Don’t Bring Your Second Skin to Work
2018-08-30
Loyal - Legal
Stakeholder Management Consultant
2018-08-30

LA Culture is to appreciate Manu Chao

[3 min read]

 

Gardening an ecosystem to create a winning culture is not easy.

I always had some trouble in trying to relate much with Spanish-Influenced Culture. Being born in Porto District of Portugal I had an education, work ethics and business role models with some Anglo-Saxon influence. My father was born in a northern region of Portugal (“Trás-os-Montes”), where not very much known Celtic influence remains. My self-awareness tells me that this was part of the aloofness I had when evaluating Spanish-Influenced Culture.

When we hire we try to balance to dimensions. The first one is diversity. What kind of diversity is this person bringing to our culture? Is he/she different from the rest of the team? The second one is identity. Is that difference something that will improve our culture even if we can’t forecast how? These dimensions are extremely difficult to balance, and we are still fine-tuning it. We believe that it works and that is a keystone of our culture, and therefore of our success of our business.

Today, having learned to engage what I do not understand for reasons of ethnocentrism, I want to bring the Spanish culture of optimism, and transparency regarding the joy these people have, to our culture. Behavioral Science is helping us to understand better how to use emotional intelligence at work, instead of relying exclusively on analytical skills and low-context communications. Now, I can hear Spanish music and just focus on the loud joy with which it seems to contaminate my Spotify. Take the good with you. Forget the noise. Given the fact that almost every one of his songs relies on three different chords, you must appreciate the joyful simplicity of Manu Chao.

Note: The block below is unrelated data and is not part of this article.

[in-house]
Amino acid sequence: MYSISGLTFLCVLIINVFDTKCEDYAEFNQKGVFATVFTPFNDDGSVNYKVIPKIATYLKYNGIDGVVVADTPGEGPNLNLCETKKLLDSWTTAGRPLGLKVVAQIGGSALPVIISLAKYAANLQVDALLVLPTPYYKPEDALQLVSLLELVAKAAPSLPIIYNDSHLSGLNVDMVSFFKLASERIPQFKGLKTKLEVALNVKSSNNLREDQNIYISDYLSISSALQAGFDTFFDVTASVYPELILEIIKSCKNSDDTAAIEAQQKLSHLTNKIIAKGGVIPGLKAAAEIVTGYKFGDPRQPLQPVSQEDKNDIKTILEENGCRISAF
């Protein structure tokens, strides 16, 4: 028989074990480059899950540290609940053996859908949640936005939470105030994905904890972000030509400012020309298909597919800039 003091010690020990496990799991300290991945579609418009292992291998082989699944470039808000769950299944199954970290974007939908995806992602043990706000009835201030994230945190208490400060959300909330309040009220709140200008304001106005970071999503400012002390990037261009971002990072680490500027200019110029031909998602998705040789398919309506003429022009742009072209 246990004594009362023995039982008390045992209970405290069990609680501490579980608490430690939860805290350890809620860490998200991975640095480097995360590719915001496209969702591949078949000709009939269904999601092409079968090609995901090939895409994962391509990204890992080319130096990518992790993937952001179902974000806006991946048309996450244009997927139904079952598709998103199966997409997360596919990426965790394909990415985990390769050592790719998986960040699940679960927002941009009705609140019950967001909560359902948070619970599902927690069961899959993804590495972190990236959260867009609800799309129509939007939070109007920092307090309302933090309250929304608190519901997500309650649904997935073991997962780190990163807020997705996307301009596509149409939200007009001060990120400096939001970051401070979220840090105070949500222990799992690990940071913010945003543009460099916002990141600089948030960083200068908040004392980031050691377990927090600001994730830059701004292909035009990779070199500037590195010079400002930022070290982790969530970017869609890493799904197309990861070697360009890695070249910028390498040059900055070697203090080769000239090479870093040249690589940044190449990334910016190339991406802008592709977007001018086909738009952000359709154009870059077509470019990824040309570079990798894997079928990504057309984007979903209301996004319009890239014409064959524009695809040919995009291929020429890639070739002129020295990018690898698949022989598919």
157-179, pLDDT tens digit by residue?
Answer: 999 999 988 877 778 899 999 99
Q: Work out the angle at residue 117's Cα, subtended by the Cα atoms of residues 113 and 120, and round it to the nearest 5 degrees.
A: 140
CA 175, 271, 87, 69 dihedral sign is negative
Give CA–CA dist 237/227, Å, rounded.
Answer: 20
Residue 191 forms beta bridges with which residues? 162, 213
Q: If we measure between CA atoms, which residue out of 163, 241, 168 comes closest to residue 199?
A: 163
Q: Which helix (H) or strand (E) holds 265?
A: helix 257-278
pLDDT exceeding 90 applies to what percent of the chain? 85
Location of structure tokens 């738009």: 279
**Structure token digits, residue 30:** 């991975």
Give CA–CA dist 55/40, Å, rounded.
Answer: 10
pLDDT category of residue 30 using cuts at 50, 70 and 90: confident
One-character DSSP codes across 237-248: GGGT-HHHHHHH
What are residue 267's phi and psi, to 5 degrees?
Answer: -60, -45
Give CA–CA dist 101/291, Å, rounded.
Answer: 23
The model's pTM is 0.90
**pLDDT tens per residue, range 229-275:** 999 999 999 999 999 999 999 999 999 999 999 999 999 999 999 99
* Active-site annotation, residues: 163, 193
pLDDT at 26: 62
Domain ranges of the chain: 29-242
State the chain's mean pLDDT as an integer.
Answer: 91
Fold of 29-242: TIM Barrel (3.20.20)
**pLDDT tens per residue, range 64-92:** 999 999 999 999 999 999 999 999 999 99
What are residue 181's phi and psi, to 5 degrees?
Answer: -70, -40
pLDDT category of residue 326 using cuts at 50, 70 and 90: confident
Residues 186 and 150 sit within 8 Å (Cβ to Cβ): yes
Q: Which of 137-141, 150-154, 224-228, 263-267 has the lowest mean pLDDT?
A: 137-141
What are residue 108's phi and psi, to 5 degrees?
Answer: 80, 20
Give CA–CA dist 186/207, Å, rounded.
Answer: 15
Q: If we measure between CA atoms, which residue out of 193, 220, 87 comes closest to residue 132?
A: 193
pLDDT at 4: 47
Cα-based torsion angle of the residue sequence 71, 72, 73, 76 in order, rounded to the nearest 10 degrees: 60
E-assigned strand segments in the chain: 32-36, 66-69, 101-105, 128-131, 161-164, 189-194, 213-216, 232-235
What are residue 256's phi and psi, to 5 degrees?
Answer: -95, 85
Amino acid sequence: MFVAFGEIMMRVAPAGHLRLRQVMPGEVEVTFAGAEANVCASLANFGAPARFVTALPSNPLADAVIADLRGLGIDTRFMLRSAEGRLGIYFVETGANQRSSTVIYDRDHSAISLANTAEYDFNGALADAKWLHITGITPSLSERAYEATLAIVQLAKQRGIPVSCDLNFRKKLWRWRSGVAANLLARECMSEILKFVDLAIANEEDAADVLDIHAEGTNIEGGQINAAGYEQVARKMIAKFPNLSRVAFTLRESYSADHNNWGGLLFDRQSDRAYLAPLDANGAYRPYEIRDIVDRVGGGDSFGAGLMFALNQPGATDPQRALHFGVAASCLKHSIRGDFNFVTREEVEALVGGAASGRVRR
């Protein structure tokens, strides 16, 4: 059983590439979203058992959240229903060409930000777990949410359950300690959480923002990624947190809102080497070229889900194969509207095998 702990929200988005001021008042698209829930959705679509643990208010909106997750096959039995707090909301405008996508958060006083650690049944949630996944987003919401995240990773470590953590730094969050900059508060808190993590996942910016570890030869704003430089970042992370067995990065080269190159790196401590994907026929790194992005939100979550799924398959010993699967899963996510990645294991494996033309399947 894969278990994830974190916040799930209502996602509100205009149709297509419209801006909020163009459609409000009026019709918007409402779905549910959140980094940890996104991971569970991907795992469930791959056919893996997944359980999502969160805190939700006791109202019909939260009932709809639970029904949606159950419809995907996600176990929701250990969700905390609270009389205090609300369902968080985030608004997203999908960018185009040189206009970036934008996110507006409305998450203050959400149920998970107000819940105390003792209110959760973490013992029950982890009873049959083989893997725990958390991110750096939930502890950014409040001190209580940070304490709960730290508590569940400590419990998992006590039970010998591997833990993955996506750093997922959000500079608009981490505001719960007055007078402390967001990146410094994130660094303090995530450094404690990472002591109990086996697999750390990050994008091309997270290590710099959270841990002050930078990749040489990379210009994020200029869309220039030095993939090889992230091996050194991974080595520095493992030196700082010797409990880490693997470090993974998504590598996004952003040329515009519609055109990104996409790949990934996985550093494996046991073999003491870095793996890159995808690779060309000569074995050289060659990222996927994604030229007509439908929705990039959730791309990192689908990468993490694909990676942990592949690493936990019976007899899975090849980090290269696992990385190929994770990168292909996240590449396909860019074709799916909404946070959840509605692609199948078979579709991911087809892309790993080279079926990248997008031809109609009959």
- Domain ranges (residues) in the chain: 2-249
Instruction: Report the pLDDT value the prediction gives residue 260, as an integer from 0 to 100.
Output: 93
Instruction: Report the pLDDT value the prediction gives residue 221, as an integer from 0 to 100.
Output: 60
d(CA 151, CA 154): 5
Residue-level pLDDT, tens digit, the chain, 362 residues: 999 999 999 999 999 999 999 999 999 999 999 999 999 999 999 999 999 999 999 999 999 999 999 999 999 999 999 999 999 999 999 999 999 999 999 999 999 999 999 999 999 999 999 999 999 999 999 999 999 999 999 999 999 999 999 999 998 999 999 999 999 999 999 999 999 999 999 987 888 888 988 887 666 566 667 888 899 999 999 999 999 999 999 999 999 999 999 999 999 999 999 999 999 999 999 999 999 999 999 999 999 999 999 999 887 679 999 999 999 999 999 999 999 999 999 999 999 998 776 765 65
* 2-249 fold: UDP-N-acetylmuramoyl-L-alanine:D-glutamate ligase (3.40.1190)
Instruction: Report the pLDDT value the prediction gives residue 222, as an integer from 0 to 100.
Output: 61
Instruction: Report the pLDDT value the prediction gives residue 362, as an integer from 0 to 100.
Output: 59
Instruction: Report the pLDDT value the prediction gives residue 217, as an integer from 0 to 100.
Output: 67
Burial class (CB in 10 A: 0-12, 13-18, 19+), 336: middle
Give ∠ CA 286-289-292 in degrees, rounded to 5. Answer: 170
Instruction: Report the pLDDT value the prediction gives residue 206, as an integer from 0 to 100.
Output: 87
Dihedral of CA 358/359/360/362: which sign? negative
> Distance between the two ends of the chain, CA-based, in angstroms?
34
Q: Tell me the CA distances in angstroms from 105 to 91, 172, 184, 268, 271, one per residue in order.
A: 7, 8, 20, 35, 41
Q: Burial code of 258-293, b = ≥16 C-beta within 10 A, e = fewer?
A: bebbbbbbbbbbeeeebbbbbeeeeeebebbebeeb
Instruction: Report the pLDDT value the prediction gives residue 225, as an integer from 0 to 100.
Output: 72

When we hire we try to bring the joyful simplicity of a Manu Chao candidate. We bring diversity to our team but they are more than a band that uses only 3 chords.